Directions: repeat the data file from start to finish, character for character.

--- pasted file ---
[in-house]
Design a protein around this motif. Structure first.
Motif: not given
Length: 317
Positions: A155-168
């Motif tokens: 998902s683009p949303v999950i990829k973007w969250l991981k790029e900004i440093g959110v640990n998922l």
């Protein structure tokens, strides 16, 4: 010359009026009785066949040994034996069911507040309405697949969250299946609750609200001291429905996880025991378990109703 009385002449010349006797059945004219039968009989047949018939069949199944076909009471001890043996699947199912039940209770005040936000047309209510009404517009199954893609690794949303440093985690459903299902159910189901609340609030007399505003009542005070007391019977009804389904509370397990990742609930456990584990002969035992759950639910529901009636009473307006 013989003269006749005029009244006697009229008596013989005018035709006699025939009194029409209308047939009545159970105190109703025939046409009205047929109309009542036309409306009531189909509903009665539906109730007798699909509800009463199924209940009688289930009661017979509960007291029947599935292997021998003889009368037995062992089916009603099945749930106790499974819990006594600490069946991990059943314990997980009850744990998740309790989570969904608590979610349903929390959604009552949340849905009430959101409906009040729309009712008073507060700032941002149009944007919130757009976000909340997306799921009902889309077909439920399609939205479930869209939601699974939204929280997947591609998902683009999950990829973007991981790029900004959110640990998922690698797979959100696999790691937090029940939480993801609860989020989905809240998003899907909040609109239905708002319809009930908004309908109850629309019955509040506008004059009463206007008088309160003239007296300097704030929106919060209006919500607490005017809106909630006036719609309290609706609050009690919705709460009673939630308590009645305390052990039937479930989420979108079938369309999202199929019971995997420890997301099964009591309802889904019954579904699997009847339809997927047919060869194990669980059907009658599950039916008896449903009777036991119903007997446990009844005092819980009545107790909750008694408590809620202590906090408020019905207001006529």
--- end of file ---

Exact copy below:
[in-house]
Design a protein around this motif. Structure first.
Motif: not given
Length: 317
Positions: A155-168
């Motif tokens: 998902s683009p949303v999950i990829k973007w969250l991981k790029e900004i440093g959110v640990n998922l």
């Protein structure tokens, strides 16, 4: 010359009026009785066949040994034996069911507040309405697949969250299946609750609200001291429905996880025991378990109703 009385002449010349006797059945004219039968009989047949018939069949199944076909009471001890043996699947199912039940209770005040936000047309209510009404517009199954893609690794949303440093985690459903299902159910189901609340609030007399505003009542005070007391019977009804389904509370397990990742609930456990584990002969035992759950639910529901009636009473307006 013989003269006749005029009244006697009229008596013989005018035709006699025939009194029409209308047939009545159970105190109703025939046409009205047929109309009542036309409306009531189909509903009665539906109730007798699909509800009463199924209940009688289930009661017979509960007291029947599935292997021998003889009368037995062992089916009603099945749930106790499974819990006594600490069946991990059943314990997980009850744990998740309790989570969904608590979610349903929390959604009552949340849905009430959101409906009040729309009712008073507060700032941002149009944007919130757009976000909340997306799921009902889309077909439920399609939205479930869209939601699974939204929280997947591609998902683009999950990829973007991981790029900004959110640990998922690698797979959100696999790691937090029940939480993801609860989020989905809240998003899907909040609109239905708002319809009930908004309908109850629309019955509040506008004059009463206007008088309160003239007296300097704030929106919060209006919500607490005017809106909630006036719609309290609706609050009690919705709460009673939630308590009645305390052990039937479930989420979108079938369309999202199929019971995997420890997301099964009591309802889904019954579904699997009847339809997927047919060869194990669980059907009658599950039916008896449903009777036991119903007997446990009844005092819980009545107790909750008694408590809620202590906090408020019905207001006529």